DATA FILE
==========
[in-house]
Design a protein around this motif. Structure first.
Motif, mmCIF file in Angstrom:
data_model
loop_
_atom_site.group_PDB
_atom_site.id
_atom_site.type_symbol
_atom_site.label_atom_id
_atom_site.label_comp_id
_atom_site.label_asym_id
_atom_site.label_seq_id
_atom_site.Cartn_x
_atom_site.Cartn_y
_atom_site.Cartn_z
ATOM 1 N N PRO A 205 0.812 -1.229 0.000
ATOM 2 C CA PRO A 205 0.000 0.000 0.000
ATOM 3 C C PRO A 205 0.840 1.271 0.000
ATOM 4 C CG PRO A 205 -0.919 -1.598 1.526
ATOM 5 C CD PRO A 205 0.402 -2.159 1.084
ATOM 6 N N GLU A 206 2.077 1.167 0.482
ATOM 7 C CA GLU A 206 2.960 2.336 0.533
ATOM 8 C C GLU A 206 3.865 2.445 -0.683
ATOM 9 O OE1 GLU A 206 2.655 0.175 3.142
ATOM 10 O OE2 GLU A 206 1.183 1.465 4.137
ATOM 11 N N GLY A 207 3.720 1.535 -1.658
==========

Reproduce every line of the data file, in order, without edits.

[in-house]
Design a protein around this motif. Structure first.
Motif, mmCIF file in Angstrom:
data_model
loop_
_atom_site.group_PDB
_atom_site.id
_atom_site.type_symbol
_atom_site.label_atom_id
_atom_site.label_comp_id
_atom_site.label_asym_id
_atom_site.label_seq_id
_atom_site.Cartn_x
_atom_site.Cartn_y
_atom_site.Cartn_z
ATOM 1 N N PRO A 205 0.812 -1.229 0.000
ATOM 2 C CA PRO A 205 0.000 0.000 0.000
ATOM 3 C C PRO A 205 0.840 1.271 0.000
ATOM 4 C CG PRO A 205 -0.919 -1.598 1.526
ATOM 5 C CD PRO A 205 0.402 -2.159 1.084
ATOM 6 N N GLU A 206 2.077 1.167 0.482
ATOM 7 C CA GLU A 206 2.960 2.336 0.533
ATOM 8 C C GLU A 206 3.865 2.445 -0.683
ATOM 9 O OE1 GLU A 206 2.655 0.175 3.142
ATOM 10 O OE2 GLU A 206 1.183 1.465 4.137
ATOM 11 N N GLY A 207 3.720 1.535 -1.658